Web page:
For those who want to know the cast of characters this time around, we have Caroline Bingley and her sister Louisa who are featured together a lot in the beginning, and then Louisa goes traipsing off to events to find herself a man as she is now widowed; we have their brother Charles Bingley and his wife Jane, whose characters are not totally intriguing but they are there, and the other Mr. Darcy as a sexy, steamy kind of guy where I wouldn't mind seeing some hot romance going on with this stud, (alas, no); and of course we have the original Mr. Darcy and his meek wife Eliza.. yes, she is meek this time around as she has just lost a child and the fact that Mr. Darcy is floundering for an heir makes the other Mr. Darcy a little queasy because he is next in line; we have the supporting characters of the Bennetts and their enjoyable nit-picking regarding the children, because we have Lydia, Mary and Kitty traveling along with them as well with Lydia's pathetic husband Wickham off having an affair with a married woman; we have Col. Fitzwilliam who is smitten with Caroline, and Caroline who is hoping for Sir Cecile who is a total pompous ass... oh, you'll just have to read the rollicking fun yourself!! Go pick it up at Amazon today!

To celebrate the release of The Other Mr. Darcy, Monica Fairview and Sourcebooks Landmark are running a month-long contest in October on her blog!!

Stay tuned to The Burton Review, tomorrow I will have a guest post from the author Monica Fairview, and a Giveaway for this title!

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Mailbox Monday~ Back to Moderation, but Goodies!

Mailbox Monday Mailbox Monday is hosted by Marcia at The Printed Page. We share what books that we found in our mailboxes last week. And I am adding what I purchased, swapped, etc.

Last week I had something like 21 awesome books to report... and I got lots of comments on that post too!

This week, I only have three books to show you. Thankfully.


See my crappy bookmarks?
In a giveaway win at The Tome Traveller (thank you!!)
The Wet Nurse's TaleThe Wet Nurse's Tale by Erica Eisdorfer "Bright and clever with a sharp-tongued, adventurous heroine who offers a candid and often funny look at the business of nursing babies in Victorian England, this is a debut novel that will have everyone talking.

Susan Rose isn't the average protagonist: she's scheming, promiscuous, plump, and she is also smart, funny, tender, and entirely lovable. Like many lower-class women of Victorian England, she was born into a world that offered very few opportunities for the poor and unlovely. But Susan is the kind of plucky heroine who seeks her fortune, and finds it . . . with some help from, well, her breasts. Susan, you see, is a professional wet nurse; she breast-feeds the children of wealthy women who can't or won't nurse their own babies.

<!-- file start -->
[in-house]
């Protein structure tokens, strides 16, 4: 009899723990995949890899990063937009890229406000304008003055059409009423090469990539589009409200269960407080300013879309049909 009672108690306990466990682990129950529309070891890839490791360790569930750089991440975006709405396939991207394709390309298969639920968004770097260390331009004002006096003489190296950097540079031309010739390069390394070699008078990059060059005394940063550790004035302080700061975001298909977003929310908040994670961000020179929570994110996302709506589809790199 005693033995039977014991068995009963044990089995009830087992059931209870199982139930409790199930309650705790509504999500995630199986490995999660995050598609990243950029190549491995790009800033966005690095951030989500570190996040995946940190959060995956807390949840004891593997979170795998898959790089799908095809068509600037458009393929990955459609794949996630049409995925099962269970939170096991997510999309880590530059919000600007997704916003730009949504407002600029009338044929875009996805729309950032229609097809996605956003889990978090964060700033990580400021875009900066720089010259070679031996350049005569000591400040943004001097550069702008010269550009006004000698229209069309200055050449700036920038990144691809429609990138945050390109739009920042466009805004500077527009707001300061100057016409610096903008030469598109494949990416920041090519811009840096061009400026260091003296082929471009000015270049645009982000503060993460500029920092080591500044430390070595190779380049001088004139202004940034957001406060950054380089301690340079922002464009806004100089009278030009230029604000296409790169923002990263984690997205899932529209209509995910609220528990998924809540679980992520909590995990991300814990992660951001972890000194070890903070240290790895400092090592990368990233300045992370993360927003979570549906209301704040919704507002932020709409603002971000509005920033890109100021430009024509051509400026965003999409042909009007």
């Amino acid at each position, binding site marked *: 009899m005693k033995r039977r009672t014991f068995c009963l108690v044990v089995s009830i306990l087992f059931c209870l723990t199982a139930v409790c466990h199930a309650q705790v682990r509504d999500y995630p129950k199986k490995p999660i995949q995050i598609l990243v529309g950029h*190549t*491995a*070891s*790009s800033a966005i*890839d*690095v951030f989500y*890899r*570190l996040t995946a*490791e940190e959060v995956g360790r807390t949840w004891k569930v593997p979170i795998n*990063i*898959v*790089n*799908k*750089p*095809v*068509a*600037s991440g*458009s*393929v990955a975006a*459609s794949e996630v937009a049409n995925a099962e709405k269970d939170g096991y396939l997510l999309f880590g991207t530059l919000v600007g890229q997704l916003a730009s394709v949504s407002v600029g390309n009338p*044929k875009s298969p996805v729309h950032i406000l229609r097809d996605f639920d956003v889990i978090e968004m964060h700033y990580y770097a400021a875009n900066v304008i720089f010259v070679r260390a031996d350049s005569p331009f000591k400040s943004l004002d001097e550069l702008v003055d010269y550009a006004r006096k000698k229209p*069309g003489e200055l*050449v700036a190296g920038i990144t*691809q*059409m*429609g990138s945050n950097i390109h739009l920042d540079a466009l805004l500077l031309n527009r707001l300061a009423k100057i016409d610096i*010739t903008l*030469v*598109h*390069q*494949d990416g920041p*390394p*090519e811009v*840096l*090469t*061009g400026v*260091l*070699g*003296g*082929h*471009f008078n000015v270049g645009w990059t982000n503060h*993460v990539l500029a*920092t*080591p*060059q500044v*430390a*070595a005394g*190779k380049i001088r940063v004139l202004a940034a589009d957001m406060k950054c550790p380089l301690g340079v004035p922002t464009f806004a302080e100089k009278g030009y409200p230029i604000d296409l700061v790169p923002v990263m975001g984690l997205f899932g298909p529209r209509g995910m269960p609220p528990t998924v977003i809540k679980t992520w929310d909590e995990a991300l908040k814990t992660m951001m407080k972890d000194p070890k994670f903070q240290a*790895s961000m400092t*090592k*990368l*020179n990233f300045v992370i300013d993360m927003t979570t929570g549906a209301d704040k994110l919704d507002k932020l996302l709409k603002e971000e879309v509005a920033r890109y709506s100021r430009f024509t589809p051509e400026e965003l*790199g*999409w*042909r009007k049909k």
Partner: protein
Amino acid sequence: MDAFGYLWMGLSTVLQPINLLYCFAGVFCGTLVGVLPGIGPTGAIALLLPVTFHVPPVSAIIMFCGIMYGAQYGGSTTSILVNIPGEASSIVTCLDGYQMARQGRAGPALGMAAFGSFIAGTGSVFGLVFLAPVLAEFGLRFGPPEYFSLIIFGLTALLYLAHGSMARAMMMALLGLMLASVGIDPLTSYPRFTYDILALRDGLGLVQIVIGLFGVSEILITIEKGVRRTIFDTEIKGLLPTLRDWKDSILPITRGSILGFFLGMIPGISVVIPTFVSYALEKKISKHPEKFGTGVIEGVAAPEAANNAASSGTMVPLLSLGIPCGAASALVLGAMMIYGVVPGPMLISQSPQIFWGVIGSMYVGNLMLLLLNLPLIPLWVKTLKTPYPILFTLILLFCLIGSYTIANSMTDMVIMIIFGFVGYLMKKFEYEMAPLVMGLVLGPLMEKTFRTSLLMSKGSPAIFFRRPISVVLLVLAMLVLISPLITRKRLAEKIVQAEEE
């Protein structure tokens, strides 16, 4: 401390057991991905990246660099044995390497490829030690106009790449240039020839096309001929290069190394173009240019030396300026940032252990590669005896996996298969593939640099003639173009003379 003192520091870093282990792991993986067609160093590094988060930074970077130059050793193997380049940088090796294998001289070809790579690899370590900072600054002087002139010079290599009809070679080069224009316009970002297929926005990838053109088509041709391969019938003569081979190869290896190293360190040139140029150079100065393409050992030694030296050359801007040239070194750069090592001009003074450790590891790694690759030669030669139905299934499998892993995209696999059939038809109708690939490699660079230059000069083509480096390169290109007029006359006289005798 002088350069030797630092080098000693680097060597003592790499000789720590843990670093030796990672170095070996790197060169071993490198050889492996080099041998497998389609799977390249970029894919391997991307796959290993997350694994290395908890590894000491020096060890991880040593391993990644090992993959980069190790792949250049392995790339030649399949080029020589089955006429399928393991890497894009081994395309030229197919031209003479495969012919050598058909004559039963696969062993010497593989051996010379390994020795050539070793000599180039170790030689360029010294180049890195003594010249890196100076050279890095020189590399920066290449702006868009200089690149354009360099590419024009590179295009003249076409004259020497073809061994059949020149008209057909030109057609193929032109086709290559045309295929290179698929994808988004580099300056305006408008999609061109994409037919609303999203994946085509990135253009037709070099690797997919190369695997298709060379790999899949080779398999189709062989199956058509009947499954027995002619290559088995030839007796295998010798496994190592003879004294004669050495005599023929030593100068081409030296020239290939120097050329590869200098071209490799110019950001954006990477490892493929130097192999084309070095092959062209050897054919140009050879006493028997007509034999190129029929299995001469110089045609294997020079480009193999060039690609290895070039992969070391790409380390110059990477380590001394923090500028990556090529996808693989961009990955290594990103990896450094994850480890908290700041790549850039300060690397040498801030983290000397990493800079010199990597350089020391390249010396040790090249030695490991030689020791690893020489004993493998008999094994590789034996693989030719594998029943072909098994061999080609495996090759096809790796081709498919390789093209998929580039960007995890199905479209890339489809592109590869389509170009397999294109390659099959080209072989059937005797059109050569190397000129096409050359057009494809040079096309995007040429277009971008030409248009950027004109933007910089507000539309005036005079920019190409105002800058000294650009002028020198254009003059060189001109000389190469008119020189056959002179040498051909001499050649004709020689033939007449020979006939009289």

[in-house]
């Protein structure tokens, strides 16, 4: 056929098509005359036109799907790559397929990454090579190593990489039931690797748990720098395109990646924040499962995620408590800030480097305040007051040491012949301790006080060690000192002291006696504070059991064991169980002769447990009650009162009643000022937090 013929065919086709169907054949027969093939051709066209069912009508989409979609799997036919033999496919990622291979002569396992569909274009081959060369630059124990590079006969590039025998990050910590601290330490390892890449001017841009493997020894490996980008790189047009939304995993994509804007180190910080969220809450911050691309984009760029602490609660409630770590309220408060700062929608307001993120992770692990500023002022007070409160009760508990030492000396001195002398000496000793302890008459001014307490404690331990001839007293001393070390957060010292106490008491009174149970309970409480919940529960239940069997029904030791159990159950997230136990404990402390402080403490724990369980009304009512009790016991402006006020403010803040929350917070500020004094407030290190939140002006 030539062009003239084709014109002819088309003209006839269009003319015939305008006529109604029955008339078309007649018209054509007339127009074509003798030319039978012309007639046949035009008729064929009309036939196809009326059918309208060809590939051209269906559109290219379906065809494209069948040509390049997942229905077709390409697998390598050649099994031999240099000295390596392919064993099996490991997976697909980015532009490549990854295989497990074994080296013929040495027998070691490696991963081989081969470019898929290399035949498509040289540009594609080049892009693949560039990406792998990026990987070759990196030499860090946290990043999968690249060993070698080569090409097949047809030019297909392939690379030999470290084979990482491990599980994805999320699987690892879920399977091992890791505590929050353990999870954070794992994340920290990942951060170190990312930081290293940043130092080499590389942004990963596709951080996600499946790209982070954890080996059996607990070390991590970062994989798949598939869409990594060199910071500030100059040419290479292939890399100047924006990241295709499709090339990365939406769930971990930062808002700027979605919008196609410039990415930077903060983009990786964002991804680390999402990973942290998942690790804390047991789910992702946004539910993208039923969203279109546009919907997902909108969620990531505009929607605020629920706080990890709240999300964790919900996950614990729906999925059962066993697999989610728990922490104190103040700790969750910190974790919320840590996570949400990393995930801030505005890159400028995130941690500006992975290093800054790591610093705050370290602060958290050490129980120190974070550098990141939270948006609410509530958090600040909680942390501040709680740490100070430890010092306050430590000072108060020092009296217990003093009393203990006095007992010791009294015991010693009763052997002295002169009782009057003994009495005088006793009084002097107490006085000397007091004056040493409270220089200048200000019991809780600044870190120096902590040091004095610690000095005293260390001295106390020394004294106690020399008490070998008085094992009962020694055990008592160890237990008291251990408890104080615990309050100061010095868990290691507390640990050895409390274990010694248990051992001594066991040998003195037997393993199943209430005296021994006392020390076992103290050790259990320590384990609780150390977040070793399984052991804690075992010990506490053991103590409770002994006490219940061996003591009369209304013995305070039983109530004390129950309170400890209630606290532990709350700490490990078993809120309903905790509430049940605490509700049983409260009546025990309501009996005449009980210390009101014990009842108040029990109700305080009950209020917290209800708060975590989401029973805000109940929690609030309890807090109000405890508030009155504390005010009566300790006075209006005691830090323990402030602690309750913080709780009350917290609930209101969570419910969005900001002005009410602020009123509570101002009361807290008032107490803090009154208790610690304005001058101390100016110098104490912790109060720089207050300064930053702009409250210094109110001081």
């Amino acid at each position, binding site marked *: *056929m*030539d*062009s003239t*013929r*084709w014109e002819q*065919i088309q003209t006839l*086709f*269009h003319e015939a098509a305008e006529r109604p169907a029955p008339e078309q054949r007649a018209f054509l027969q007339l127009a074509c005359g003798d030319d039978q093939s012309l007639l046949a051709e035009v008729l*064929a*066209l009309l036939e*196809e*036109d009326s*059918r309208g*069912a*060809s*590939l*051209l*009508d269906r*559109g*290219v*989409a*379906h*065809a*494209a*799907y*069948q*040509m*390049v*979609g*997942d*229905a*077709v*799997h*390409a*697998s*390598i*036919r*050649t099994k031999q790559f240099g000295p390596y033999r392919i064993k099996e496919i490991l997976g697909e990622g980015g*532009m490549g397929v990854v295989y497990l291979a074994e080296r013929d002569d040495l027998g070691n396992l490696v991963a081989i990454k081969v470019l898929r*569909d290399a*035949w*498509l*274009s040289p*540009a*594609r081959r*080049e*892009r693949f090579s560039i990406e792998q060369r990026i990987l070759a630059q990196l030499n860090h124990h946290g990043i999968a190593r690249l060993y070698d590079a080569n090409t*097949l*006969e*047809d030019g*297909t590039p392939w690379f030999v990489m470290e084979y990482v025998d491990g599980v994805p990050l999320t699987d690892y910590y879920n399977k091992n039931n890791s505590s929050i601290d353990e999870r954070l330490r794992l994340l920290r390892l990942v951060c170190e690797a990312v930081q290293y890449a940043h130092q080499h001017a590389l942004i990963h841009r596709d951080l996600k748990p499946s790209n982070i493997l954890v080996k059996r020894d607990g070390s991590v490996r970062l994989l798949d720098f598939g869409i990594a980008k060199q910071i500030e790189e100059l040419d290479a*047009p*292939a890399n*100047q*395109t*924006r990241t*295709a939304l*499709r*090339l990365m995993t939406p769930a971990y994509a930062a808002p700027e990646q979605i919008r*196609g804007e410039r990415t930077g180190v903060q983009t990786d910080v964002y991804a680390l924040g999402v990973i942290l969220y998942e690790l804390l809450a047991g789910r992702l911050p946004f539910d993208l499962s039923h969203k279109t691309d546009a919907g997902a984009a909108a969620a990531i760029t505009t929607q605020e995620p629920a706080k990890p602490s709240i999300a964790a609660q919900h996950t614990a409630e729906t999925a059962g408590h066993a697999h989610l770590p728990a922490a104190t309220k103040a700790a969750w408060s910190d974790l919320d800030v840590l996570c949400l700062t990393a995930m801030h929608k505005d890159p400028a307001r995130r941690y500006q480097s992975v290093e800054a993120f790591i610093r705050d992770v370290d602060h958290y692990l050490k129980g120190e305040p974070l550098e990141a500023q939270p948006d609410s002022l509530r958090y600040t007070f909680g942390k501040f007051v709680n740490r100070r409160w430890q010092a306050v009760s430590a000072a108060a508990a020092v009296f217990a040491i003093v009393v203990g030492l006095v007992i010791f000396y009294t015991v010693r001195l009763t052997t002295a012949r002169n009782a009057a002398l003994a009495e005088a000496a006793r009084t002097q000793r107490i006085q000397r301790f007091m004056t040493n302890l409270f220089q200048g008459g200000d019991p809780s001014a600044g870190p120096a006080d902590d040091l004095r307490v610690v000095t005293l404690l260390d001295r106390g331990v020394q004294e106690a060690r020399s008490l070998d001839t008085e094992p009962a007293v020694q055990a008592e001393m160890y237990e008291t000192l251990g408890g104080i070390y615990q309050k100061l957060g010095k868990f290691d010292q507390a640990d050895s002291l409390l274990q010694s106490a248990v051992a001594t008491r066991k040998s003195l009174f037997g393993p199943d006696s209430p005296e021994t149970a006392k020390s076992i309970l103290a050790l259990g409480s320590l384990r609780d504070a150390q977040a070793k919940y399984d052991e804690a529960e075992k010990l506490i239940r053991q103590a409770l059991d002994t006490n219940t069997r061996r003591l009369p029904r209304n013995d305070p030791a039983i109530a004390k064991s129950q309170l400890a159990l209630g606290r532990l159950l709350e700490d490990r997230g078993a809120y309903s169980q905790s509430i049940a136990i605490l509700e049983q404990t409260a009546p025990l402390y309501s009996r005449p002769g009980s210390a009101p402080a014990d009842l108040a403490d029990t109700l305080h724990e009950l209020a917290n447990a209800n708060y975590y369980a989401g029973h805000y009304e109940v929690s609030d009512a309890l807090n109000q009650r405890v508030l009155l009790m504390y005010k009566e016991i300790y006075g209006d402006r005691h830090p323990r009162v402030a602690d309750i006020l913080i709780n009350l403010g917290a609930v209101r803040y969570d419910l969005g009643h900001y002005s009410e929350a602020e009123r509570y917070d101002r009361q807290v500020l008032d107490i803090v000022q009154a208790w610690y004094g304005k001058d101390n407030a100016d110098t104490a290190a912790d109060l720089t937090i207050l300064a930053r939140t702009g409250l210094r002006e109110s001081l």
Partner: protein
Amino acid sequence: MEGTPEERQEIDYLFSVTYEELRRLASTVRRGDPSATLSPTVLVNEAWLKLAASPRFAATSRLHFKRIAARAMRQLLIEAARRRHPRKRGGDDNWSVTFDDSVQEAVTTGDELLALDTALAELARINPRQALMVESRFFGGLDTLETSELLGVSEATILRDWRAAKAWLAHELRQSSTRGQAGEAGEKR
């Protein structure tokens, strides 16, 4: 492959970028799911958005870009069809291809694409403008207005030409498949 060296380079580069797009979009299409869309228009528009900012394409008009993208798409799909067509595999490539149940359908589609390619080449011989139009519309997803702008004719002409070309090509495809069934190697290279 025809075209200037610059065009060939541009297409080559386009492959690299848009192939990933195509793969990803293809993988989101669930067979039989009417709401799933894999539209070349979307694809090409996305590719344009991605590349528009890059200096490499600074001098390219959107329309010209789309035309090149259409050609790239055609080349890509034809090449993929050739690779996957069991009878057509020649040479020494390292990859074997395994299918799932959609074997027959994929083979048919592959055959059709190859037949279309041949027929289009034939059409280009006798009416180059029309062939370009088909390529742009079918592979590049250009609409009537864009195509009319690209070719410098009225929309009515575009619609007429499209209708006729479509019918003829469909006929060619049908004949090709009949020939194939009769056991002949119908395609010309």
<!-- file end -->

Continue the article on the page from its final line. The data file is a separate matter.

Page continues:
But when her own child is sold by her father and sent to a London lady who had recently lost a baby, Susan manages to convince his new foster mother, Mrs. Norbert, to hire her as a wet nurse. Once reunited with her son, Susan discovers the Norbert home to be a much more sinister place than she'd ever expected. Dark and full of secrets, its master is in India, and the first baby who died there did so under very mysterious circumstances. Susan embarks on a terrifying journey to rescue her son before he meets the same fate."


From Paperbackswap: Pilate's WifePilate's Wife: A Novel of the Roman Empire by Antoinette May

"A daughter of privilege in the most powerful empire the world has ever known, Claudia has a unique and disturbing "gift": her dreams have an uncanny way of coming true. As a rebellious child seated beside the tyrannical Roman Emperor Tiberius, she first spies the powerful gladiator who will ultimately be her one true passion. Yet it is the ambitious magistrate Pontius Pilate who intrigues the impressionable young woman she becomes, and Claudia finds her way into his arms by means of a mysterious ancient magic. Pilate is her grand destiny, leading her to Judaea and plunging her into a seething cauldron of open rebellion. But following her friend Miriam of Magdala's confession of her ecstatic love for a charismatic religious radical, Claudia begins to experience terrifying visions—horrific premonitions of war, injustice, untold devastation and damnation . . . and the crucifixion of a divine martyr whom she must do everything in her power to save."


To review in January: reissue by Sourcebooks Feb. 2010:

Island of the SwansIsland of The Swans by Ciji Ware

Another bigger book, but not huge at over 500 pages.